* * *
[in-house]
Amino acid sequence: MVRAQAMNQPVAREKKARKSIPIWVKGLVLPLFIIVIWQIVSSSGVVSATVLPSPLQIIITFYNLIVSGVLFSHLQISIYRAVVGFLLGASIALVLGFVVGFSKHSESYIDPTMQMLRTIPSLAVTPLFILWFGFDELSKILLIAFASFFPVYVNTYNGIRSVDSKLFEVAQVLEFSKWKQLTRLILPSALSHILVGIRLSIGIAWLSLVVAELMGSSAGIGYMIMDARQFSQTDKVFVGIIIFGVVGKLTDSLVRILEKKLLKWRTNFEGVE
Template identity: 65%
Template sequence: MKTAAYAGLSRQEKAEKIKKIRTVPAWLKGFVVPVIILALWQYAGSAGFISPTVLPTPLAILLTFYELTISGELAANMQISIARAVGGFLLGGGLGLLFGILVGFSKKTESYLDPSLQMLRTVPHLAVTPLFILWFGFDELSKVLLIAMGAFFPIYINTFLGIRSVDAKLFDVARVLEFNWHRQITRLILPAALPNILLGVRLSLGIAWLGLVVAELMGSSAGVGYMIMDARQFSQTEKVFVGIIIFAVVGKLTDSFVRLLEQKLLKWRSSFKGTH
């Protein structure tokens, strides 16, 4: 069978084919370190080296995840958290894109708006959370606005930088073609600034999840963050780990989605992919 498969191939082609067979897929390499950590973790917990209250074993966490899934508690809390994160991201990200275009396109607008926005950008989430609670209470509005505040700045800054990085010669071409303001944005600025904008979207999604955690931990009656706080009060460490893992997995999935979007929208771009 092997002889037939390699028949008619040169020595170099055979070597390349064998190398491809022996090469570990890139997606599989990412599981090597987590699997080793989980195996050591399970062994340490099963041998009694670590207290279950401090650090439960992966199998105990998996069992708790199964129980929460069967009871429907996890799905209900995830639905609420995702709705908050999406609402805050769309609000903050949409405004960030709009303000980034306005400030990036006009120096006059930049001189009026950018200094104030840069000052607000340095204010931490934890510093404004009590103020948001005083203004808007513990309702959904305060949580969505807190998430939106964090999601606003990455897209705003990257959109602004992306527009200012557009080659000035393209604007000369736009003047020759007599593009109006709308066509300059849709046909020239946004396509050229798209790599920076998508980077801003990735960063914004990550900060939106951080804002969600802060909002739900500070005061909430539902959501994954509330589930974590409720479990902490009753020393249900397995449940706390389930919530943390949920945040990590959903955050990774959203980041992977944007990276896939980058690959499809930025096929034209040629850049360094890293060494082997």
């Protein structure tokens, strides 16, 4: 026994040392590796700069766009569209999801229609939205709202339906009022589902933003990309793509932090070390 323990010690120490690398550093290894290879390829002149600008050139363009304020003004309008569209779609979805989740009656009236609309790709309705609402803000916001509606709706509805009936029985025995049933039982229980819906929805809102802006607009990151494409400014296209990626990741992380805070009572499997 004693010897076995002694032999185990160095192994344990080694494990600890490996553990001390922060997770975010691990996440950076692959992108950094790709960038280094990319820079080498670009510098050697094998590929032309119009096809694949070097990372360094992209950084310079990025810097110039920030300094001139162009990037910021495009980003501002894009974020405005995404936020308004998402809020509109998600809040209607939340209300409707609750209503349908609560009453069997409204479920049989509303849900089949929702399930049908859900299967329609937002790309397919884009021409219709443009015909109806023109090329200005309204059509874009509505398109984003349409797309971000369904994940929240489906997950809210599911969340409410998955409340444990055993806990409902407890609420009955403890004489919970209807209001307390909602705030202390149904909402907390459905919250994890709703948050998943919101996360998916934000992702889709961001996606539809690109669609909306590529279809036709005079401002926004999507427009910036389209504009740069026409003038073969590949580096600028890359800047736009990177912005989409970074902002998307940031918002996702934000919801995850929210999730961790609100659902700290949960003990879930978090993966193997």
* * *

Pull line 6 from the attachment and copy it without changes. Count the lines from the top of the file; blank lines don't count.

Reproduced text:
């Protein structure tokens, strides 16, 4: 026994040392590796700069766009569209999801229609939205709202339906009022589902933003990309793509932090070390 323990010690120490690398550093290894290879390829002149600008050139363009304020003004309008569209779609979805989740009656009236609309790709309705609402803000916001509606709706509805009936029985025995049933039982229980819906929805809102802006607009990151494409400014296209990626990741992380805070009572499997 004693010897076995002694032999185990160095192994344990080694494990600890490996553990001390922060997770975010691990996440950076692959992108950094790709960038280094990319820079080498670009510098050697094998590929032309119009096809694949070097990372360094992209950084310079990025810097110039920030300094001139162009990037910021495009980003501002894009974020405005995404936020308004998402809020509109998600809040209607939340209300409707609750209503349908609560009453069997409204479920049989509303849900089949929702399930049908859900299967329609937002790309397919884009021409219709443009015909109806023109090329200005309204059509874009509505398109984003349409797309971000369904994940929240489906997950809210599911969340409410998955409340444990055993806990409902407890609420009955403890004489919970209807209001307390909602705030202390149904909402907390459905919250994890709703948050998943919101996360998916934000992702889709961001996606539809690109669609909306590529279809036709005079401002926004999507427009910036389209504009740069026409003038073969590949580096600028890359800047736009990177912005989409970074902002998307940031918002996702934000919801995850929210999730961790609100659902700290949960003990879930978090993966193997």